International Fashion Congresses of the 1950s and 1960s as the Site for the Production of Soviet Fashion.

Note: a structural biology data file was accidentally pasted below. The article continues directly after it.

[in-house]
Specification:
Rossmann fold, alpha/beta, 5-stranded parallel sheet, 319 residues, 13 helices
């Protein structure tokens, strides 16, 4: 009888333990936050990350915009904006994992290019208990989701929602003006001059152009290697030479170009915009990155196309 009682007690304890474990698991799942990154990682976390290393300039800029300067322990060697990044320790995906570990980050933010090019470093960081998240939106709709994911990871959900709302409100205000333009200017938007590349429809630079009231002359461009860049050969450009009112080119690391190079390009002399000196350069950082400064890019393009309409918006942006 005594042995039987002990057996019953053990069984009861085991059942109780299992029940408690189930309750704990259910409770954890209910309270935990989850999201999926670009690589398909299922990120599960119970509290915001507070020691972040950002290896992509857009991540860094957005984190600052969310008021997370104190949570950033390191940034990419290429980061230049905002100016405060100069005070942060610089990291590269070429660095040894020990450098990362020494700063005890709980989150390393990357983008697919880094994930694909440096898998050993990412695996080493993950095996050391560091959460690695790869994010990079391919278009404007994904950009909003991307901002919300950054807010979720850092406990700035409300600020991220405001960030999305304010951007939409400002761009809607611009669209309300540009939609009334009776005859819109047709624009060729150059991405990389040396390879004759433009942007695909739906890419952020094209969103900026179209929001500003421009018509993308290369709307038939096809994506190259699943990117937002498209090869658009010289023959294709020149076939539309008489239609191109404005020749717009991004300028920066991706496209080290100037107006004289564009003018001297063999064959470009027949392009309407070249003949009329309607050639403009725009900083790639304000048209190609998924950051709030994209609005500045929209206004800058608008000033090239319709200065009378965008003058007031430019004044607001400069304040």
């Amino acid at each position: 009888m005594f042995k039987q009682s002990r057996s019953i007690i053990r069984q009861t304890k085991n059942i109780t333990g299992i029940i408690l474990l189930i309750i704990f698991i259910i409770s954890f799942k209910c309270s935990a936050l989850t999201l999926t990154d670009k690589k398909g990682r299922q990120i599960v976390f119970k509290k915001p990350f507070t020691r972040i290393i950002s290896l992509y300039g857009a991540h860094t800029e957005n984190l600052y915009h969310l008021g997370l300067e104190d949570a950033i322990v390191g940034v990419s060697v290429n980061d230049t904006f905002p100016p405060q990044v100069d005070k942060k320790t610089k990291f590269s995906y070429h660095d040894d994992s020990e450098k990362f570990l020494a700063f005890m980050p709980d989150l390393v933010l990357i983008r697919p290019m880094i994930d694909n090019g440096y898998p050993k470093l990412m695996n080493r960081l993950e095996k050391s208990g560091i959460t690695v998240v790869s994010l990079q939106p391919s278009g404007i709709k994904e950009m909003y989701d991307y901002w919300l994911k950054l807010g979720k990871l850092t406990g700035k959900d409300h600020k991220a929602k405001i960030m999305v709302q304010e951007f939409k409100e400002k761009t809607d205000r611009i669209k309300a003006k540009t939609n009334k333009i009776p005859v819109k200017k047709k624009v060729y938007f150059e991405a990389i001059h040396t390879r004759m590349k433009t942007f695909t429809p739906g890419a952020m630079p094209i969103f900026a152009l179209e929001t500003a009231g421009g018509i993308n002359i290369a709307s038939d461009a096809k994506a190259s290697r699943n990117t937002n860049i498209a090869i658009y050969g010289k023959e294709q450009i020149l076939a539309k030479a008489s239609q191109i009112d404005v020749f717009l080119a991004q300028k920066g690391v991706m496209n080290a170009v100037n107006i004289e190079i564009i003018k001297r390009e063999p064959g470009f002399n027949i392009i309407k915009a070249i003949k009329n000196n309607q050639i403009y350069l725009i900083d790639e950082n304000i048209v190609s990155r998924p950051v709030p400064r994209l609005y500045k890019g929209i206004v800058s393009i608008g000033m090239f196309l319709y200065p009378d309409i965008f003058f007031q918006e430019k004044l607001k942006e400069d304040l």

As the socialist bloc emerged, the bipolar vision of the world extended to the world of fashion. International Fashion Congresses served as opportunities for designers of Central and Eastern European countries and of the Soviet Union to assemble annually. These Congresses became occasions to conceptualize and legitimate a specifically socialist model of fashion, defined in opposition to bourgeois fashion. In this way, politics began to shape clothing design, regulating socialist « taste » and what people wore. However, the designers themselves were as fascinated as ever by French haute couture, whose trends and theoretical principles remained the absolute standard to follow, albeit in a somewhat disguised manner. But the Congresses were also seen as places to exchange know-how concerning styles and how they might be elaborated within a system of mass planning and production. That required the presence of industrial officials who looked at fashion with a more practical eye, thus restraining the creativity of the designers. Because the International Fashion Congresses figured in the preparation of the collections, the selection of the designs, and the methods of public presentation, they permit us to analyse the interaction between Soviet administrators, designers and consumers, and thus to re-evaluate the process of normalization of everyday life.